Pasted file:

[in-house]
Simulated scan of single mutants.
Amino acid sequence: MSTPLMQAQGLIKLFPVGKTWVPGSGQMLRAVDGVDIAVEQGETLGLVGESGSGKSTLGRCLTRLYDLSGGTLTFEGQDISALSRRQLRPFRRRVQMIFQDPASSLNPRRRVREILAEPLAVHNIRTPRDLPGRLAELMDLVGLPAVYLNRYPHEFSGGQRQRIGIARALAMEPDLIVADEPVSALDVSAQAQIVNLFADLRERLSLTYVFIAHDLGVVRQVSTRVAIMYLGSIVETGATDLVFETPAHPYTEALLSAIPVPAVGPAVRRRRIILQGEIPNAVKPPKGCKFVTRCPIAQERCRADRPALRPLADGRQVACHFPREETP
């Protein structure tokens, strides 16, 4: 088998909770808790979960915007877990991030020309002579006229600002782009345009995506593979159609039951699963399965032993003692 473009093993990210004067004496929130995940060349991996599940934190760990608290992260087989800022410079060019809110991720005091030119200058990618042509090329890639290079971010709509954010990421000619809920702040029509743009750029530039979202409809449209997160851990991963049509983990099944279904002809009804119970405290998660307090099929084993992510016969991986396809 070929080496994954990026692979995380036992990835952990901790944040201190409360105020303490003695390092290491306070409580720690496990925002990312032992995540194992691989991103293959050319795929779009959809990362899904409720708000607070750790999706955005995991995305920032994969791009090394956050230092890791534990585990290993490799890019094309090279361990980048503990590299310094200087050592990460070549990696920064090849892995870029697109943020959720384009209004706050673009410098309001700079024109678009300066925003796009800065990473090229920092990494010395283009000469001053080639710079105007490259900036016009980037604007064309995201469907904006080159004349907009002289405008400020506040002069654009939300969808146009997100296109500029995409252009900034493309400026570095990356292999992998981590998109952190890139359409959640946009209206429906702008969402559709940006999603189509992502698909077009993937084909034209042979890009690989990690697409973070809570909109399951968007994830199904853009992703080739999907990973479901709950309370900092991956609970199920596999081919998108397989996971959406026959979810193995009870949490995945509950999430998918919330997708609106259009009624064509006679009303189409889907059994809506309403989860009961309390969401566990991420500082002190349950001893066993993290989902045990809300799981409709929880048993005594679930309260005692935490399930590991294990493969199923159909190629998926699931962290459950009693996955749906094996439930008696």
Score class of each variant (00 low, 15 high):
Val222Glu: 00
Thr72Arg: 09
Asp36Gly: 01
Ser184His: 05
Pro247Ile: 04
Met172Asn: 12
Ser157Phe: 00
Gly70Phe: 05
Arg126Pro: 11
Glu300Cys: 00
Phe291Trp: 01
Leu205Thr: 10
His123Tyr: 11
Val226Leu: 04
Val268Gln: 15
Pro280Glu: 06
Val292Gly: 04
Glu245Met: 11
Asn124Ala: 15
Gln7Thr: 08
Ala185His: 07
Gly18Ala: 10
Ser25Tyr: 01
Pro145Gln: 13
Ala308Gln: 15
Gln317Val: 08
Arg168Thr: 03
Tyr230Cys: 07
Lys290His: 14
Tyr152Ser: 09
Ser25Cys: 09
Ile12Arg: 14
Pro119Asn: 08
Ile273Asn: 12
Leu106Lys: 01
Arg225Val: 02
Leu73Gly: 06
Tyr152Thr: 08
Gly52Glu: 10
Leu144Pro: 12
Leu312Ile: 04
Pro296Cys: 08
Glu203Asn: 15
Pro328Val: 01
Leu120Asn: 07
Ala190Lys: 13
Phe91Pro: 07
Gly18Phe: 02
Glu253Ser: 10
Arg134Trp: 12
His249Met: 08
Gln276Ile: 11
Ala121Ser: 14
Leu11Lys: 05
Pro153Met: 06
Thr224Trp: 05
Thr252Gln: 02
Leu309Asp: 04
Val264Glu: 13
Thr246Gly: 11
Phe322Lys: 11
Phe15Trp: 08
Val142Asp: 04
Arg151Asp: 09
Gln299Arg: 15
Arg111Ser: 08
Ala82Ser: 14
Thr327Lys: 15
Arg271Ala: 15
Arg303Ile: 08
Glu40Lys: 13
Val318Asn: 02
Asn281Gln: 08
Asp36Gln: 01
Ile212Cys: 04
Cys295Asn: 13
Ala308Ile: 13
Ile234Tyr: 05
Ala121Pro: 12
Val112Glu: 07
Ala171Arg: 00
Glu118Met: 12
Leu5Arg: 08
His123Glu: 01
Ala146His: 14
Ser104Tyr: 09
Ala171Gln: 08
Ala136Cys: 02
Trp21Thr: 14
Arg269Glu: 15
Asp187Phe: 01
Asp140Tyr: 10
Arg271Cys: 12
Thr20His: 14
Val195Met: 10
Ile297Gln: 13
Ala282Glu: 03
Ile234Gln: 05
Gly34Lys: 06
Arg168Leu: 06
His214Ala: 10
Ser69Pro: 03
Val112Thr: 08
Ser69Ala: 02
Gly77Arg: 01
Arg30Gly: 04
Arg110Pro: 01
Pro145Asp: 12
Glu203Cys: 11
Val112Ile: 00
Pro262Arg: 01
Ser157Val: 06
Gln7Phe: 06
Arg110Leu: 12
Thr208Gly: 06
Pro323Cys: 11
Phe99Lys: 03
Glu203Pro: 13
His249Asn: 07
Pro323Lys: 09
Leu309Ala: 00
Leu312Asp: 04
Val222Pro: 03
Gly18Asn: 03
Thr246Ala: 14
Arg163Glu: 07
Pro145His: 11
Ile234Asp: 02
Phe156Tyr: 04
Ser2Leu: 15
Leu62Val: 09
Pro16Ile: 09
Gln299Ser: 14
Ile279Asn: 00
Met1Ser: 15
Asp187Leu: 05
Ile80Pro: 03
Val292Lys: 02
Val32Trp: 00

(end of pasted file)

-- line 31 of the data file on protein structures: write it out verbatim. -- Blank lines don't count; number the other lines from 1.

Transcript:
Gln317Val: 08